Student mental health and the coronavirus pandemic: how did UMass fare?

Surveys administered by the University prove the pandemic’s significance on academic life

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Nina Walat/Daily Collegian

By Talya Torres, Collegian Correspondent

The pandemic and remote academic year at the University of Massachusetts has imposed many new difficulties on students. Online schooling necessitated that some students stay home, most Registered Student Organizations met through Zoom and social interactions occurred on a much smaller scale than pre-pandemic years. This also meant that some students’ mental health was on the decline, and access to resources was more important than ever before.

A surveyof undergraduate students taken by UMass officials in the fall of 2020 found that 36 percent of students felt “nervous, anxious, or on edge.” Additionally, 23 percent reported that they felt “down, depressed, or hopeless” nearly every day, with 36 percent feeling that way several days.The survey also reported that 17 percent of students found coping with stressors much more difficult than usual.

When the survey was taken again this spring, the figures had: 34 percent of students felt “nervous, anxious, or on edge” every day and 21 percent reported that they felt “down, depressed, or hopeless” nearly every day, with 47 percent feeling that way several days. Finally, 22 percent of students found coping with stressors much more difficult than usual.

“The thing about being online this past year has just been a lot about the challenges that online learning presents that are not present in a usual learning environment,” said Michael Suchecki, a senior political science major and senator in the SGA. He found this year particularly difficult because he has taken only online courses since the COVID-19 pandemic caused UMass to shut down in March 2020.

Suchecki found that not having the same social element of being around people made him geared more towards self-reliance when he really wanted to be around other students. He also found particular issue with taking an asynchronous class, where he was not given a schedule to hand his assignments in, as they all had one end-of-semester deadline.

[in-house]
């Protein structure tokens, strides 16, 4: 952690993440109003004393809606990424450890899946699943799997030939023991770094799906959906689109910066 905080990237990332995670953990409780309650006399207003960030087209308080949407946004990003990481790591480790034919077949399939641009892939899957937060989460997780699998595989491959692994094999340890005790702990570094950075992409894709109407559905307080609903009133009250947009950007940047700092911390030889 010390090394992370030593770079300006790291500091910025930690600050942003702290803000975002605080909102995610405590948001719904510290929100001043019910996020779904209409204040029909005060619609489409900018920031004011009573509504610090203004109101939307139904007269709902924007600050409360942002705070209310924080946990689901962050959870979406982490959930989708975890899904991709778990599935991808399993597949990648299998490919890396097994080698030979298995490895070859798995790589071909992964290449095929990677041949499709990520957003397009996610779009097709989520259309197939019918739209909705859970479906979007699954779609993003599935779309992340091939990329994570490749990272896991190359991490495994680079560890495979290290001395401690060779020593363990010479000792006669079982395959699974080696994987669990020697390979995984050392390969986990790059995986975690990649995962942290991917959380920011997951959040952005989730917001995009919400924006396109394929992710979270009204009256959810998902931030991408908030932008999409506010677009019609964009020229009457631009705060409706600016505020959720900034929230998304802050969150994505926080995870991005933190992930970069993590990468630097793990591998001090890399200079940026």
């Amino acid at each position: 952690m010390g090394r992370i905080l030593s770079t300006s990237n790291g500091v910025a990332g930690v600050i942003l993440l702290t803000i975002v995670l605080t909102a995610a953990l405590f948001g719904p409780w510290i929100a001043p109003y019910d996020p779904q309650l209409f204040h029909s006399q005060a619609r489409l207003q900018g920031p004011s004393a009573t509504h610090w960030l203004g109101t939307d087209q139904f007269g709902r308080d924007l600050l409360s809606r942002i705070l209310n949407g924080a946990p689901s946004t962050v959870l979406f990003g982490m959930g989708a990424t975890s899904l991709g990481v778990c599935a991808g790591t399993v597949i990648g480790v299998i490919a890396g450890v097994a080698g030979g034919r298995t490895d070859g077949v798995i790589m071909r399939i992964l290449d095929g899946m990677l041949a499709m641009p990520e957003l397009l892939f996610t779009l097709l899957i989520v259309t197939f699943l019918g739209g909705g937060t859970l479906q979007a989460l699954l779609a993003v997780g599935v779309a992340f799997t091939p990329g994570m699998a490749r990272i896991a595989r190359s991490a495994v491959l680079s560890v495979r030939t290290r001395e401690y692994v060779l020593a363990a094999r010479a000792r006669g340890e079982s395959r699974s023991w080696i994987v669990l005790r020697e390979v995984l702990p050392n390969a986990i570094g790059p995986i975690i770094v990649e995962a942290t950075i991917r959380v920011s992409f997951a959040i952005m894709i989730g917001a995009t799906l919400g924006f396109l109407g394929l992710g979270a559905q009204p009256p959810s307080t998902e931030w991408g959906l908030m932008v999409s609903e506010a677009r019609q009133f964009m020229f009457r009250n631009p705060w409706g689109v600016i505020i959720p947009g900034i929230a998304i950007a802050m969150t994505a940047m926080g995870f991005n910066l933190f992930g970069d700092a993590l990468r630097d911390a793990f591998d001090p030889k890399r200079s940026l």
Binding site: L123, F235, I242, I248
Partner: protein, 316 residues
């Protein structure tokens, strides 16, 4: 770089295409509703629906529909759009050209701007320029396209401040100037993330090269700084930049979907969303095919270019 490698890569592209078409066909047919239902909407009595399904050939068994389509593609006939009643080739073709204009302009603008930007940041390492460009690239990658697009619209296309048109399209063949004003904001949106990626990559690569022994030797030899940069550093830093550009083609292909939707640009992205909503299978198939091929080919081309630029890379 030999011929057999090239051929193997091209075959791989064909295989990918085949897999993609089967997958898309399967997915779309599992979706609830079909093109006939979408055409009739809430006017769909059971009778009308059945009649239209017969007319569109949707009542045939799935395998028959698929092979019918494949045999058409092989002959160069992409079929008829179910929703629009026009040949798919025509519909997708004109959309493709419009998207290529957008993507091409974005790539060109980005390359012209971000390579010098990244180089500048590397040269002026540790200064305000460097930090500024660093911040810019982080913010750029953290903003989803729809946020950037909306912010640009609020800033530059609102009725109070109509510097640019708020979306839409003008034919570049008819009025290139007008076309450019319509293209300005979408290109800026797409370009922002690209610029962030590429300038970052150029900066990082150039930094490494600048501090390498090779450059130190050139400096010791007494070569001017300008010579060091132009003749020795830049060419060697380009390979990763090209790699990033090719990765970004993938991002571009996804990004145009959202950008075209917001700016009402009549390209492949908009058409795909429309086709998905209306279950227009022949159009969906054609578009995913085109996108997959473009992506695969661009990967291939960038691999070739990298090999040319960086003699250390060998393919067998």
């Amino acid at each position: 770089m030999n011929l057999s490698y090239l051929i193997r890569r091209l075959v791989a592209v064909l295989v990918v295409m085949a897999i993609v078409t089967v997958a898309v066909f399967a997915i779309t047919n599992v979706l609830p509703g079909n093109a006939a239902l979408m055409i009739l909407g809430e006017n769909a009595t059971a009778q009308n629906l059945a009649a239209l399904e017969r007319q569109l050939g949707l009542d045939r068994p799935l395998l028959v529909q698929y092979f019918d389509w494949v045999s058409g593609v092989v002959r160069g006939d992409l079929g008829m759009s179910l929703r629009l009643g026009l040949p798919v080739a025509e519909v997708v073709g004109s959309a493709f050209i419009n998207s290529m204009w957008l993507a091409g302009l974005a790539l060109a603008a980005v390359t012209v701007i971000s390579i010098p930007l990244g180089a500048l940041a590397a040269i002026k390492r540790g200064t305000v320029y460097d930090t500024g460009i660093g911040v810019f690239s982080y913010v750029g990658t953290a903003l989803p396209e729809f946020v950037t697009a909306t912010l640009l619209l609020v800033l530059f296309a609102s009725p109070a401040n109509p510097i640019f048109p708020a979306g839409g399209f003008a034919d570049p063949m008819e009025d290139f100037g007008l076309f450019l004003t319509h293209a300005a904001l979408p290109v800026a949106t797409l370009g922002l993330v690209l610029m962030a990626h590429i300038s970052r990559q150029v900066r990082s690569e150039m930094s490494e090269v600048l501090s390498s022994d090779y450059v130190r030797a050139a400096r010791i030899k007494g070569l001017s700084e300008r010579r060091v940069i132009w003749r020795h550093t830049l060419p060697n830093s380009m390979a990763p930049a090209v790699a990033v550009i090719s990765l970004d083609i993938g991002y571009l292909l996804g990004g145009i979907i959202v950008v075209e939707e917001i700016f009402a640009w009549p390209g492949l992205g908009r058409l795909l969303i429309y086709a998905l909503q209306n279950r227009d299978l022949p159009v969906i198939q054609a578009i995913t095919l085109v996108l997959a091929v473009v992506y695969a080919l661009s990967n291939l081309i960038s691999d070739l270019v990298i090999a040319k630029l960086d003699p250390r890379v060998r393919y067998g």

“I looked at the [the deadlines], I watched the first lecture and I crumbled. I was like ‘I can’t do this.’ So, I dropped the class,” Suchecki said.

Although he was struggling with being online, Suchecki did not use any on-campus student resources from the Center for Counseling and Psychological Health. His decision was shaped by his knowledge that the student capacity at CCPH was already full during a normal year, and that “[CCHP] can’t afford to have more interest, they can’t afford to have more need right now.”

“I feel that I can handle my sort of challenges and anxieties around classes and work and kind of other stressors in my life well enough that I don’t want to be taking that resource away from people that need it more,” Suchecki said. “Until the administration starts, you know, prioritizing mental health of students more, there is no fix for it.”

Sean Vo, a senior legal studies major, philosophy minor and the special assistant to the president on mental health for the SGA this previous semester, focused on bringing mental health to the forefront the University’s concerns.